Here is just a sampling of tragic news accounts of a growing, disturbing and deadly serious trend in our society: texting while driving.
- The driver of a pickup truck that crashed into a church minibus and killed 13 people admitted that he was texting at the time of the incident.
- A mother who was texting and driving when she triggered a crash that killed her 11-year-old daughter has been sentenced to 200 days in jail and four years of probation.
- A 21-year-old man was found guilty of two counts of homicide by vehicle by reckless driving – both class C felonies – because he was texting while driving, and caused a crash that killed two people.
In this issue, we’ll talk more about the dangers of texting while driving; explain how just a momentary lapse of concentration can have life-lasting consequences; talk about the stiff legal penalties already in place here in Alaska; and share valuable information on how you can reduce or even eliminate the chances of you being involved in a similar incident.
How many people are injured by texting and driving?
Numbers from the National Safety Council tell us that cell phone use while driving leads to about 1.6 million crashes each year, resulting in about 330,000 injuries. In fact, nearly 1 out of every 4 car crashes are related to texting and driving.
As disturbing as those numbers are, they do not tell the entire story because crashes involving cell phones are actually under-reported. That’s because there currently aren’t breathalyzer-like tests for cell phone use, and drivers are often reluctant or embarrassed to admit to doing it.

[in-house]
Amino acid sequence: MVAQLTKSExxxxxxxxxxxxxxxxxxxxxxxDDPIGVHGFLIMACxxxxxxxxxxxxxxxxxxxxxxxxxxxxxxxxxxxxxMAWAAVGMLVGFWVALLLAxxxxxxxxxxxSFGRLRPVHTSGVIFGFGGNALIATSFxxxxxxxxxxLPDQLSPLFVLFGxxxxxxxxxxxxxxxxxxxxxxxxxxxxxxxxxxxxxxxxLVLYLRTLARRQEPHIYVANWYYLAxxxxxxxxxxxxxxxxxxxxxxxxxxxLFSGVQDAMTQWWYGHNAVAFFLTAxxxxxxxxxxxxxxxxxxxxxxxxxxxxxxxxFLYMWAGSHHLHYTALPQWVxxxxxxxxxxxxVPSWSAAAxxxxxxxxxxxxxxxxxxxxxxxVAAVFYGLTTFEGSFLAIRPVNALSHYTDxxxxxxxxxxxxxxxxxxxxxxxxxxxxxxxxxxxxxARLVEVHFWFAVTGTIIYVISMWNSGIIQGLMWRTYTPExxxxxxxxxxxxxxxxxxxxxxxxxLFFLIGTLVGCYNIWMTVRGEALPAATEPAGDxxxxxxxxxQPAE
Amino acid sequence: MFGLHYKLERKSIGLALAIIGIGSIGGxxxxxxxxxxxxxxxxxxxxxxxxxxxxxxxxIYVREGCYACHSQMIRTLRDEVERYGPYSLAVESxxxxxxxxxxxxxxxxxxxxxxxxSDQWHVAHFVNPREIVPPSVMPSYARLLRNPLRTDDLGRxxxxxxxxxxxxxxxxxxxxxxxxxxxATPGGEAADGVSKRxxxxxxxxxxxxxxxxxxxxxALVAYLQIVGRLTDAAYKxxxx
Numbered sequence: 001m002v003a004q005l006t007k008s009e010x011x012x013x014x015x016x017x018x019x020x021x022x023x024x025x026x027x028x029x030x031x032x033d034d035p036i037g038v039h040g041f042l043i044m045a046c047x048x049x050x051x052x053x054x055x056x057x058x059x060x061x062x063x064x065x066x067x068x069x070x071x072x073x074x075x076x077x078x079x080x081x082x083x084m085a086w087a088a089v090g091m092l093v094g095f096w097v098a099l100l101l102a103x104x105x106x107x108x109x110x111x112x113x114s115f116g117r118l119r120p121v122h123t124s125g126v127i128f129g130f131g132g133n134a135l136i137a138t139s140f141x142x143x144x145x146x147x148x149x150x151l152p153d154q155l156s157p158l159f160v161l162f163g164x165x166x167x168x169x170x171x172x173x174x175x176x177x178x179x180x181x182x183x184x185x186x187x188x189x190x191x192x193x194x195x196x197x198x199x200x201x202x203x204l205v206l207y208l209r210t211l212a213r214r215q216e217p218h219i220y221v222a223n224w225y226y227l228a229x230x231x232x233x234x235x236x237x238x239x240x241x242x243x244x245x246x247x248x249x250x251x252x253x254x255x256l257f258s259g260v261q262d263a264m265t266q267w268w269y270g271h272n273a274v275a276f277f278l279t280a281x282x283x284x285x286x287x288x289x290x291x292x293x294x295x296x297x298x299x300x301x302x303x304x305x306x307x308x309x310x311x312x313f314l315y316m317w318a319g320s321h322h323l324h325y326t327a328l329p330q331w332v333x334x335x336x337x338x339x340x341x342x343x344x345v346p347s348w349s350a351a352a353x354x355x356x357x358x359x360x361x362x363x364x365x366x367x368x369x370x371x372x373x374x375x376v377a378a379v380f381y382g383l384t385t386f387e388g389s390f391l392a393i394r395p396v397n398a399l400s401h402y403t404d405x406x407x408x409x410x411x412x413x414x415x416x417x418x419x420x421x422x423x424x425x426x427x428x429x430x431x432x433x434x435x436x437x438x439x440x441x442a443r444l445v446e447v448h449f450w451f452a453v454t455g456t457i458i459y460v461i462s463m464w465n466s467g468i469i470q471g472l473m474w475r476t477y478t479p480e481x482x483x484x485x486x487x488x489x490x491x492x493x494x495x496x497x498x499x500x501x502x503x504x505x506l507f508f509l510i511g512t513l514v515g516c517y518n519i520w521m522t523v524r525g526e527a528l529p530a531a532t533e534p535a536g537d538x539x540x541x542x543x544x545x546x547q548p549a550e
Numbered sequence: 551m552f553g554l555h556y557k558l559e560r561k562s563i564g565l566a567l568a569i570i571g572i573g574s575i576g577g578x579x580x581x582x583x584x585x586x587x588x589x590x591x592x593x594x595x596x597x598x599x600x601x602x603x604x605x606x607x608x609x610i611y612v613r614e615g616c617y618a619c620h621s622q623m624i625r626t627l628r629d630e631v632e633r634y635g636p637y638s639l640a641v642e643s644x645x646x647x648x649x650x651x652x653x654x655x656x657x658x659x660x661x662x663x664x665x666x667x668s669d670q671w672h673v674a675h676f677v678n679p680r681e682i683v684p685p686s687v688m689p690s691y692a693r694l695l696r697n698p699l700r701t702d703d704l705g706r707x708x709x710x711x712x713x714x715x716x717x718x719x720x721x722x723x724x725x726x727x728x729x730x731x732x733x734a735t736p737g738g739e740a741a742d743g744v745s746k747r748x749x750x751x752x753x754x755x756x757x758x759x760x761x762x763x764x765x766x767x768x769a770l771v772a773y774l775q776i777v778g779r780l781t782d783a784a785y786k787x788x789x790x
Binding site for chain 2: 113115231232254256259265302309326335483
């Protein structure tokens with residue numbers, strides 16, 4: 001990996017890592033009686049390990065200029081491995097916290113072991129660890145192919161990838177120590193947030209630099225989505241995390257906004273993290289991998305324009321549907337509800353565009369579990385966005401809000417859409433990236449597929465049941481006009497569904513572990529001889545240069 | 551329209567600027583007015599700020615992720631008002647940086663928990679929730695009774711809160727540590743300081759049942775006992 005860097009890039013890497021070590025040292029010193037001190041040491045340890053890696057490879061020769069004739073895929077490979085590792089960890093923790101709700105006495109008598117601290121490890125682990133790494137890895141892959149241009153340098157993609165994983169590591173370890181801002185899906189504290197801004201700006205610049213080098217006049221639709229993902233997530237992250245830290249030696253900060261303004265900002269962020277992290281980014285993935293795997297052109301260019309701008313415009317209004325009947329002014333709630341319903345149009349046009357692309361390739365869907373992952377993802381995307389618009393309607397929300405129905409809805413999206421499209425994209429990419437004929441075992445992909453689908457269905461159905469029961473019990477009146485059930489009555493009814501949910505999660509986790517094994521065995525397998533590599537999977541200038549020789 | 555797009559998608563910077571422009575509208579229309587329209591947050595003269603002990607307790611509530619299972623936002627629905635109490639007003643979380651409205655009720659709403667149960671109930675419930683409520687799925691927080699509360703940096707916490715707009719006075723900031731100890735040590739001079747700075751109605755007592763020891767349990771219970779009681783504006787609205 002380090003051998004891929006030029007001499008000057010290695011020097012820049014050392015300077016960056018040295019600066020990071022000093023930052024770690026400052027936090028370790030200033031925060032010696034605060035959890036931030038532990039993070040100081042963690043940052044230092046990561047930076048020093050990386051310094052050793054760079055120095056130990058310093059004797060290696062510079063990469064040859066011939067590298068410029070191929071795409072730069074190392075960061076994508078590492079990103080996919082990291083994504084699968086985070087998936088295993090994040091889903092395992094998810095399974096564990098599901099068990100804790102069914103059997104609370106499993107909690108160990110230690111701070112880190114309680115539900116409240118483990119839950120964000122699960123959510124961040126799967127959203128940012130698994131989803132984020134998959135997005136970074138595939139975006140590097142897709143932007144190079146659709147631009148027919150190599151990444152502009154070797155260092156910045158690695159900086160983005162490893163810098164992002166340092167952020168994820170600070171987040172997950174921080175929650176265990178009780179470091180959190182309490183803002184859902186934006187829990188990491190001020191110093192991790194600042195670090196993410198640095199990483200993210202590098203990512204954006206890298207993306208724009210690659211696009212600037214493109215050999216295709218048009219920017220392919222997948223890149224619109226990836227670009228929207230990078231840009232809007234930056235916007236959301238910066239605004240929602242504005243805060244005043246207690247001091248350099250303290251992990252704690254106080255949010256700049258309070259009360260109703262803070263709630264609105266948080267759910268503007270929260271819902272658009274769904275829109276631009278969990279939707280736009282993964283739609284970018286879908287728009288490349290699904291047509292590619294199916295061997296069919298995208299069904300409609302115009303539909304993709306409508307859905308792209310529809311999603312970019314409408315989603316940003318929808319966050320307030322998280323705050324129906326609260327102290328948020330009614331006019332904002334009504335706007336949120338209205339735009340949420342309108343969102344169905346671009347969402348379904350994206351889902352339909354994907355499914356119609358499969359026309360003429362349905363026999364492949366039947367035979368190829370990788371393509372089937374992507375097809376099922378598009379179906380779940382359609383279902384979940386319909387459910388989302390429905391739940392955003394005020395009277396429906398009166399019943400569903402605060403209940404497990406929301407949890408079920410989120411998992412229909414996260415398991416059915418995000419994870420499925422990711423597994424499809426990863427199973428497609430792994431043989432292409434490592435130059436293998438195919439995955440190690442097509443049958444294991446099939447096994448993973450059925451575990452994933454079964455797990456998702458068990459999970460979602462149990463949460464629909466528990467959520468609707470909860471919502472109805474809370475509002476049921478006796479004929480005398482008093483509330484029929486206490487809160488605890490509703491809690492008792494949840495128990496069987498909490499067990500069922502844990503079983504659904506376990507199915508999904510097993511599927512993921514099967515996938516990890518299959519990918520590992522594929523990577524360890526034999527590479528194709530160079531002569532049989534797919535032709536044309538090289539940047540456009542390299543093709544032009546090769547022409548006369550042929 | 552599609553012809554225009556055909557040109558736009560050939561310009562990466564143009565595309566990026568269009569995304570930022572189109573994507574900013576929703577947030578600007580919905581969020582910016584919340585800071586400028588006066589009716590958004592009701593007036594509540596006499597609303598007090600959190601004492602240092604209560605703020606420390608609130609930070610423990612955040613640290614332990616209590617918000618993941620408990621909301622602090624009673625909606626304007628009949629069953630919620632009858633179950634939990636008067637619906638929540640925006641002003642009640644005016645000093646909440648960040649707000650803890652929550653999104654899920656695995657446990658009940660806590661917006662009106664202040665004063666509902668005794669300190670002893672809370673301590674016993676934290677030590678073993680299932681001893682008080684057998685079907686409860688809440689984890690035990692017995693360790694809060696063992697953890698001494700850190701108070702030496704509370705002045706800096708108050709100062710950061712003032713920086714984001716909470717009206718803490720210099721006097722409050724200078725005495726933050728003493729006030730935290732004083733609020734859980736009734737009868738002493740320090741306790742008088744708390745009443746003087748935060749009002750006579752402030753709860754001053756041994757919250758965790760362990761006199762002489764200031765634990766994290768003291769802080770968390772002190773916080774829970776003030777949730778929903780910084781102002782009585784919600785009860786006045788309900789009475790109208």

Seriously, it’s just texting. How can I possibly lose that much concentration time from sending a simple text?
Seriously, it doesn’t take long at all. The absolute minimum time your attention is taken away from the road while texting and driving is 5 seconds. That’s more than enough time to travel the length of a football field without even looking at the road.
Breaking it down even further, you’re 23 times more likely to be involved in a crash when you’re texting and driving.
What’s the worst that can happen if I text and drive?
The worst case scenario is that you, someone you know or love, or someone you crash into will lose their life.
Beyond that, you could also be looking at some serious legal trouble. While the penalties for texting while driving vary from state to state, they’re quite severe here in Alaska.
If you cause a crash while texting and driving but do not injure another person, you can still be convicted of a class A misdemeanor – which carries a fine of up to $10,000 and imprisonment of up to 1 year.
If you cause a crash while texting and do injure another person, you could be convicted of a class C felony – which carries prison time of up to 5 years and a fine of up to $50,000.
If You’re Injured in a Car Accident, Call Barber & Associates
Here at Barber & Associates, we’ll aggressively pursue proper compensation on your behalf to cover damages for pain and suffering, lost wages, lost earning capacity, emotional distress, loss of enjoyment of life and other damages.